The Financial Services Commission (FSC) is considering new deregulation measures to stimulate the stagnant insurance market. The proposals include a relaxation of reporting requirements for new products. The FSC also plans to lower the barriers to entry for international reinsurers.

Improvements in operational efficiency

The South Korean non-life sector saw an improvement in operational efficiency as cost-savings strategies — including technology investments, job cuts and expense management initiatives — began to deliver results

Imperatives

EY says that the imperatives for insurers are:

1 Adapt to changes: The short-term focus is on the delivery of strategy and transformation plans to meet financial and operational targets. For the long term, insurers must strive for broader transformation, largely through digitisation of core processes and functions, to position for future success.

2 Improve transparency: Regulators are demanding fundamental enhancements to accounting transparency. Insurers must take the necessary steps to meet the amended audit law’s specifications around auditor opinions of internal control over financial reporting (ICoFR), increased audit hours and the empowerment of audit committees.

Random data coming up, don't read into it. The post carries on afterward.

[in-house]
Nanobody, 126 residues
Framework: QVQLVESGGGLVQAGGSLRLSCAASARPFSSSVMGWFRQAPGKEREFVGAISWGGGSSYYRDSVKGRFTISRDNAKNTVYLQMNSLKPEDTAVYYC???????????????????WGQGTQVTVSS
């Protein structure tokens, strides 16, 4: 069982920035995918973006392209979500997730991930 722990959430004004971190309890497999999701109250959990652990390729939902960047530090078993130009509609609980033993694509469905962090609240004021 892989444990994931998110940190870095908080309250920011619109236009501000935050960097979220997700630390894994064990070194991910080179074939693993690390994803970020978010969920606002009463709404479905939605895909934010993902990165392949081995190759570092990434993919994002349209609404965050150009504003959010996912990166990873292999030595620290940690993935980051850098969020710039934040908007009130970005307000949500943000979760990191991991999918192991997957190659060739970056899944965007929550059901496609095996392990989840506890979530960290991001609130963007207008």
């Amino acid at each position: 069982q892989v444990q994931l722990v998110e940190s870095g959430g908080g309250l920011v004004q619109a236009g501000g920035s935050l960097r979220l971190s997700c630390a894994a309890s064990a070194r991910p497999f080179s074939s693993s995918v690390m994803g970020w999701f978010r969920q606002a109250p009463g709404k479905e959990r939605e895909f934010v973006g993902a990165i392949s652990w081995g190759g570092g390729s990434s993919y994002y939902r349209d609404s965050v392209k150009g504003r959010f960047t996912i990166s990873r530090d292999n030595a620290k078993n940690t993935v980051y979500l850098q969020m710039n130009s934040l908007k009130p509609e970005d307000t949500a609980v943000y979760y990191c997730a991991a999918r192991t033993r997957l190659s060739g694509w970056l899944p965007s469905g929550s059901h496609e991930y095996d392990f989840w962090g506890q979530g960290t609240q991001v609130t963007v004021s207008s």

3 Embrace IFRS 17: Top-tier insurers are working toward IFRS 17 implementation by upgrading their financial reporting, actuarial and risk infrastructure. The core objectives include stabilizing the system and developing managerial insights from IFRS 17 financial outputs. To deliver against new regulations, insurers will need to secure new talent and resources focused on business management, risk transformation and K-ICS (Korean Insurance Capital Standard) competencies.

4 Drive digital transformation: Digitisation is no longer a strategic option for insurers, but rather an imperative. Insurers must prepare for the emergence of new markets for FinTechs, now that regulators have lowered barriers to entry. In addition, insurers must embrace blockchain, cloud and other advanced technologies in the face of rising competition from internet-oriented insurers and Internet-only banks that are expanding into insurance.